I hope you’ve had a good week since we last met here. I don’t know where the time goes, but I know where I’ll be on Saturday. I should have been up in Derbyshire giving a demo of Chestnut Products, but we’re taking it online instead and I’ll be seeing the Derbyshire Dales Woodcraft Club on Zoom instead. I know some of the club will be reading this, I’m looking forward to seeing you online. And if you’ve got any questions for me, maybe you’ll see them included here next week.
But let’s get to this week’s questions first…

I’ve got a question for you to start with this week. Any idea what a clapper is? Me neither. And nor did Graham, who has been asked to make one. It’s a device used to help iron seams etc flat. They are popular with tailors, seamstresses and anyone who takes their ironing seriously!
The real question connected to this was about the best finish to use on one. The intended use of the item means that it’s going to be subjected to high temperatures and probably also steam. It’s a big ask of any finish to stand up to these conditions, and there’s always going to be a danger that anything used on it could get damaged and transfer onto the garment being ironed. So, much as I hate to admit defeat, I think that the best option on this is to leave it without a finish. I’d sand it to a very fine grade and just allow the wood itself to shine.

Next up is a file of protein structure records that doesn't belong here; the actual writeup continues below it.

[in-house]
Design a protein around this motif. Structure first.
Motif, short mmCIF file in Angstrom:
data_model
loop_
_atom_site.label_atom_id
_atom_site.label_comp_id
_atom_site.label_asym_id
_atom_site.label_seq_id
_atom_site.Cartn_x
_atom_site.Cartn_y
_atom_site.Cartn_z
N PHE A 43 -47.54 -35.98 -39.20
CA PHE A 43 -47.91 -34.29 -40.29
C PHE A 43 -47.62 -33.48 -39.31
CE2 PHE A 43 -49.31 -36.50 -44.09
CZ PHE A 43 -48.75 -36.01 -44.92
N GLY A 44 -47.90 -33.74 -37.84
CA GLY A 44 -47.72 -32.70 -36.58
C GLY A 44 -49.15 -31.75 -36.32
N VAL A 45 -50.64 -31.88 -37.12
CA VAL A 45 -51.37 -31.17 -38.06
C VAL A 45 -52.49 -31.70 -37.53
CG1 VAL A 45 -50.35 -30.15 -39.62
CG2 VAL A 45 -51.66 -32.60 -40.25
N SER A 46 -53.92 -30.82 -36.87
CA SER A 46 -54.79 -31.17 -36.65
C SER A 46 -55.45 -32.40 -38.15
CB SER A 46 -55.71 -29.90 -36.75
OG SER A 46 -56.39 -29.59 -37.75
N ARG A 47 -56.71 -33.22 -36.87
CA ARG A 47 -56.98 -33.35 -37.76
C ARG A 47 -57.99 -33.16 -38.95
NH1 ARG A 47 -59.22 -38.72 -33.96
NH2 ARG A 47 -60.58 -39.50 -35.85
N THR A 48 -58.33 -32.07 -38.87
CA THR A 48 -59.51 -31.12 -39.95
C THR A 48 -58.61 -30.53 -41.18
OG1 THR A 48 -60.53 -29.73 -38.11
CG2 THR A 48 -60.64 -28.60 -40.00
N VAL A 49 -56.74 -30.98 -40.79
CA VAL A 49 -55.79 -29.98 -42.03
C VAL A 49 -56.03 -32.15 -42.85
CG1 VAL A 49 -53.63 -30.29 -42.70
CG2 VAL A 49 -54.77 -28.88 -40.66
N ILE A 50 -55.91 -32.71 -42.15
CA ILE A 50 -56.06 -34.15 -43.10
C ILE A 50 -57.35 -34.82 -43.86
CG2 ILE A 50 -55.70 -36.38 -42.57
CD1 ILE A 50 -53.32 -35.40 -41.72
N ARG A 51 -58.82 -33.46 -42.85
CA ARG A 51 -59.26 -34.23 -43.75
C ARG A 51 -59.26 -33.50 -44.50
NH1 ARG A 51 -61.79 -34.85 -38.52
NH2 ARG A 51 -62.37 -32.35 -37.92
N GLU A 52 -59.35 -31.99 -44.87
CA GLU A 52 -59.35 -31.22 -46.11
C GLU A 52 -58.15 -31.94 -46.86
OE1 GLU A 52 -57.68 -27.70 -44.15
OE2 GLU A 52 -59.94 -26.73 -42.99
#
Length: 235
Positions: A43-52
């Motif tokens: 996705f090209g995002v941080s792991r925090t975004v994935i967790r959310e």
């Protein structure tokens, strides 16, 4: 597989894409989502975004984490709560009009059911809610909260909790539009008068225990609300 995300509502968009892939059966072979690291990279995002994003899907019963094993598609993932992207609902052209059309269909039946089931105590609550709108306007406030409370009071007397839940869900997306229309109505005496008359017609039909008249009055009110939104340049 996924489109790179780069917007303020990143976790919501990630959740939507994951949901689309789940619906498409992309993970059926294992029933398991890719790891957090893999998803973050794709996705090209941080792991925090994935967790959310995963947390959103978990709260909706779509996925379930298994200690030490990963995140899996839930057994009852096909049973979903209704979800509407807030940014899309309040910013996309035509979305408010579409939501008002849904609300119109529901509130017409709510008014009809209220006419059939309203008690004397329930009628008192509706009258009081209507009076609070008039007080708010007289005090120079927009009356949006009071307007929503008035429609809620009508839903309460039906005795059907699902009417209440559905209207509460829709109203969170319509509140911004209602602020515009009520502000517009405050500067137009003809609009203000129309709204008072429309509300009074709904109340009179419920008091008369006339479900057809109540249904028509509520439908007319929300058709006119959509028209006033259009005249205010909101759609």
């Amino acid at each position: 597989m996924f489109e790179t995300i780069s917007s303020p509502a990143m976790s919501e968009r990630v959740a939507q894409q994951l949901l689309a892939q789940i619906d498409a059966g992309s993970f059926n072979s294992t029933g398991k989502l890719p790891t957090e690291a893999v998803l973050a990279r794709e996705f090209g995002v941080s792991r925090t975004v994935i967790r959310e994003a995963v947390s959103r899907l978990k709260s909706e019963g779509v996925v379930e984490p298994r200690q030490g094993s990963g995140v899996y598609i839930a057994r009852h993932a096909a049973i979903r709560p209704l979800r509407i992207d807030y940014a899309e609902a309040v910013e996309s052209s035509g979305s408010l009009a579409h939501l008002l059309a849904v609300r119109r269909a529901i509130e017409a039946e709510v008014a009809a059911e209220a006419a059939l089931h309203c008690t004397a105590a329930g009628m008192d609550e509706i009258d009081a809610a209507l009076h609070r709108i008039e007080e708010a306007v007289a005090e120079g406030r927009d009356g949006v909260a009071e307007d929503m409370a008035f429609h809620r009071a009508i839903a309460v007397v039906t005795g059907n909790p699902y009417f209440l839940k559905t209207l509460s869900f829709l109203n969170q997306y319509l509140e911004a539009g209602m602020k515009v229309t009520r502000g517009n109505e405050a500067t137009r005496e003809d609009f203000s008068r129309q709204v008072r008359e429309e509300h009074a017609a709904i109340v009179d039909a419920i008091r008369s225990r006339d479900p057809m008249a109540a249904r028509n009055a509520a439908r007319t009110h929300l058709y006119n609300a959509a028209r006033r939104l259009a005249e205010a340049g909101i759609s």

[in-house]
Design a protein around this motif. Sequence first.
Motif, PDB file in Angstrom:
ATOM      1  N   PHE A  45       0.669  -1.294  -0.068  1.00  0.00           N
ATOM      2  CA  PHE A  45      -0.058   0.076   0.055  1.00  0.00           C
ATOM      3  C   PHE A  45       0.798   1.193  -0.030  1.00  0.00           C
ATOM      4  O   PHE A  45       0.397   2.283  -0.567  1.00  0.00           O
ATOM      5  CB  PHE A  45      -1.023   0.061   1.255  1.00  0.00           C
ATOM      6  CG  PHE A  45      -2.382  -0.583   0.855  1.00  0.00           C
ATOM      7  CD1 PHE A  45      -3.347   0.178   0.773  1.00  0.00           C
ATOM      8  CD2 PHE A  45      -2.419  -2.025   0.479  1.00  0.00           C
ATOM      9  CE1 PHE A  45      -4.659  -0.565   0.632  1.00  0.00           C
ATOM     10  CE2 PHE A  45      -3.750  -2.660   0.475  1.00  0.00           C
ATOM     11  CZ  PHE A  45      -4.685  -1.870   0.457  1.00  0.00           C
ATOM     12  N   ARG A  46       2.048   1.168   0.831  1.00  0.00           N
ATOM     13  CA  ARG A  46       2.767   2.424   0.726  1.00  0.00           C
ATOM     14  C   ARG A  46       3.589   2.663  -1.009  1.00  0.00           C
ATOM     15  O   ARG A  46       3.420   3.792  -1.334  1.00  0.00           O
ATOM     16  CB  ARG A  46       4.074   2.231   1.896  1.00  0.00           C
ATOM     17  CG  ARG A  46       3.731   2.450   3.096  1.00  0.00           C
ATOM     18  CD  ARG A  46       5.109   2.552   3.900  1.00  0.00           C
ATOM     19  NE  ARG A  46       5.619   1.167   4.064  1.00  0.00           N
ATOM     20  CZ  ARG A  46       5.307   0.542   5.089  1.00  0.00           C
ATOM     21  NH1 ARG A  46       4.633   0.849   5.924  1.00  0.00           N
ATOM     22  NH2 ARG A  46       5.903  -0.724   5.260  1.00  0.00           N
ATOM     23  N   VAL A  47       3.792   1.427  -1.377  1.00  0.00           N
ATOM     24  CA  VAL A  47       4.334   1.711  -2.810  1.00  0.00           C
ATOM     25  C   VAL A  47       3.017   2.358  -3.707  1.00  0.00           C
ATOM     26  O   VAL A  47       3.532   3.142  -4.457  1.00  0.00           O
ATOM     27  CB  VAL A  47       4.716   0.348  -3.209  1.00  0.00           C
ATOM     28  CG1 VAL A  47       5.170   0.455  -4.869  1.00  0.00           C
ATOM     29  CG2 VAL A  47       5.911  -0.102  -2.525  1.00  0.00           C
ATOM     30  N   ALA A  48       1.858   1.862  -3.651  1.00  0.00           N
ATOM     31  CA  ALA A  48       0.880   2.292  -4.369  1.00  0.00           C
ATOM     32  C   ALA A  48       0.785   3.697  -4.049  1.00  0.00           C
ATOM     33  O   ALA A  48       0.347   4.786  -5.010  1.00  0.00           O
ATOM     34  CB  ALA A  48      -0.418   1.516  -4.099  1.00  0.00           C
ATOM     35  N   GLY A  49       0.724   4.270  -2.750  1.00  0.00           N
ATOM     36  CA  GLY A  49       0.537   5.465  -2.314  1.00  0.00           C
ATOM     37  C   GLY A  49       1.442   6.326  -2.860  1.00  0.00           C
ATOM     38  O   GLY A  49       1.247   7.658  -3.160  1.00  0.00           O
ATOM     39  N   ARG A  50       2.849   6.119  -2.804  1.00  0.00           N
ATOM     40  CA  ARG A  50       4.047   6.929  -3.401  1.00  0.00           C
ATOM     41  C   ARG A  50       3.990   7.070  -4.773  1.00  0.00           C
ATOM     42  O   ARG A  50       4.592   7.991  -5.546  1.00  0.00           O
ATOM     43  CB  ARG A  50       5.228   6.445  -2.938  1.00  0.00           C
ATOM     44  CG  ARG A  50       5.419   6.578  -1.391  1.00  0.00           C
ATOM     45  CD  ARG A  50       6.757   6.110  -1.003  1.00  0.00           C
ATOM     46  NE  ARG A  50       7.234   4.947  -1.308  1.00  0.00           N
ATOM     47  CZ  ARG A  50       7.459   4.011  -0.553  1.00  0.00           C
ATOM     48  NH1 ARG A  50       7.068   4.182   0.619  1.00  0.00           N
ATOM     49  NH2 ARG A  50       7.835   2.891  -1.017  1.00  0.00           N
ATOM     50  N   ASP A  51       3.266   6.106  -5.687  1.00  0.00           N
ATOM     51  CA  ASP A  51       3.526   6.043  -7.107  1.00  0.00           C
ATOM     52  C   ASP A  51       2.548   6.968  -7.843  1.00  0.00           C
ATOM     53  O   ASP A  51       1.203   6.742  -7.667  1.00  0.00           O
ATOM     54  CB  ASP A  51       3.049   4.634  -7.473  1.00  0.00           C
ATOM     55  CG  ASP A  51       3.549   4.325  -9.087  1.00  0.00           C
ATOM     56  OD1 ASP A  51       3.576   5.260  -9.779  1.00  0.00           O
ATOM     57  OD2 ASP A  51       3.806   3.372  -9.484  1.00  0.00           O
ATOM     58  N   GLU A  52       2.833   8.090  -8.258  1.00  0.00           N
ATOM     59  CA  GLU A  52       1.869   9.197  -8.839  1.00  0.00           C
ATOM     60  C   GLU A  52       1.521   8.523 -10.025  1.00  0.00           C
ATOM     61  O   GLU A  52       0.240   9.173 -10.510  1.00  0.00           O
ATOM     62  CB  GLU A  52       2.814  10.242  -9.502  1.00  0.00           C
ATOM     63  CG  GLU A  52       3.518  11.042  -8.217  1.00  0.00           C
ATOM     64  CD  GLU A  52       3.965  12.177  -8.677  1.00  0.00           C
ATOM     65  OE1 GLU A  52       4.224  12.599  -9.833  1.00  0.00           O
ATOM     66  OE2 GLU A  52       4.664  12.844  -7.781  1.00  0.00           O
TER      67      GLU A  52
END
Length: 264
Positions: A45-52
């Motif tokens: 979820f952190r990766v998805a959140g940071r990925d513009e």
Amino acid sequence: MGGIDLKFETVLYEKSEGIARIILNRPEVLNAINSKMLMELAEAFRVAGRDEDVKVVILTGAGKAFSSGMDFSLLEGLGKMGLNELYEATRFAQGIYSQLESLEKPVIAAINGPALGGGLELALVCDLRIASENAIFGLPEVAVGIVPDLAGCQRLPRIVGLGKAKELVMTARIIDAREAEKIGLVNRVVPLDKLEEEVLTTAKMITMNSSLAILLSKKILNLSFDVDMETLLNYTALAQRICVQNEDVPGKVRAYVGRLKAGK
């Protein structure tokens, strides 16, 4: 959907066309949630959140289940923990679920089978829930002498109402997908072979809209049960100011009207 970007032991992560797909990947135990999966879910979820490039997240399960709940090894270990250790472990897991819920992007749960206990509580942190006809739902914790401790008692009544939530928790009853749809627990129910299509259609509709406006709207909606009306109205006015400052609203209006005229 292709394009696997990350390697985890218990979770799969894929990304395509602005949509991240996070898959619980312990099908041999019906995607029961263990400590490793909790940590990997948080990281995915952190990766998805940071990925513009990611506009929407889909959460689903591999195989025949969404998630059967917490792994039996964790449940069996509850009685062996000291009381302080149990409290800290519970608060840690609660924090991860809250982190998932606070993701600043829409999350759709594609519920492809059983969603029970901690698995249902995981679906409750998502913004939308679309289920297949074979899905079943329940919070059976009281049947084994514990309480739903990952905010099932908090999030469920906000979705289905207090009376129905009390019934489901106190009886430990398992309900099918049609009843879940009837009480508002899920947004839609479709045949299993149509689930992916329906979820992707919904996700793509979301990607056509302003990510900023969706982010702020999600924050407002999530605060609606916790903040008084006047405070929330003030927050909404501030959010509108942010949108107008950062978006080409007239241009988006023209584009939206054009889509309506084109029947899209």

If you’re really interested in seeing a clapper in use here’s a video. (Worth watching as, like me, you’ve probably got the wrong idea about it!)

Finishing MDF is another topic that comes up from time to time, and this week I was asked about using our Spirit Stain to colour it. This is possible, the stain will work with MDF; as you might expect, it soaks in very well! The main problem is that the stains are translucent, so the colour of the timber or substrate will affect the final colour of the stain. MDF sucks the brightness out of the stains, leaving you with a slightly murky looking colour. In this case my caller was using one of the wood stains, so this wasn’t so much of an issue for them, and the item they were making was extremely temporary. Finishing it was also a problem, and because of time limits, and knowing what they had to hand, we suggested that the Hard Wax Oil might be their best bet. It’s thick enough that it shouldn’t soak into the MDF straight away and for what they were making (a table top for a large group that would be discarded after one use) it should do the job. I did suggest a table cloth, but my caller couldn’t find one big enough!

Finally this week, can Acrylic Lacquer be sprayed through an air brush? Yes, it can, although it will almost certainly need to be thinned down to be able to be delivered through the air brush. For Acrylic Lacquer, water is the material to use to thin it, so that’s easy. Use as little as possible, acrylics don’t like to be over-thinned. And, importantly, try not to mix up more than you plan to use. It can, of course, be stored for later use, but there’s always a danger that the water introduced to it could go stagnant, making the lacquer unpleasant to use at best, and impossible to use at worst.

As I mentioned last week, all of the major woodworking shows have been cancelled for the rest of the year (we’re still hoping to proceed with the Woodturning Weekender, it’s just not in the ‘major’ league!). At the time, the postponement of Makers Central hadn’t been officially announced, but just in case you haven’t heard, this too has succumbed. So, if you’re missing your demo fix don’t forget we’ve got the wonderful Gary Lowe coming up for us in Conkers LIVE on 14 July. Here’s a quick film from Gary to let you know what to expect.

I hope you’ve found something in the above of interest, and I’ll be back again next week with more Q&A and a link to Gary’s demo as well. I’ll see you then!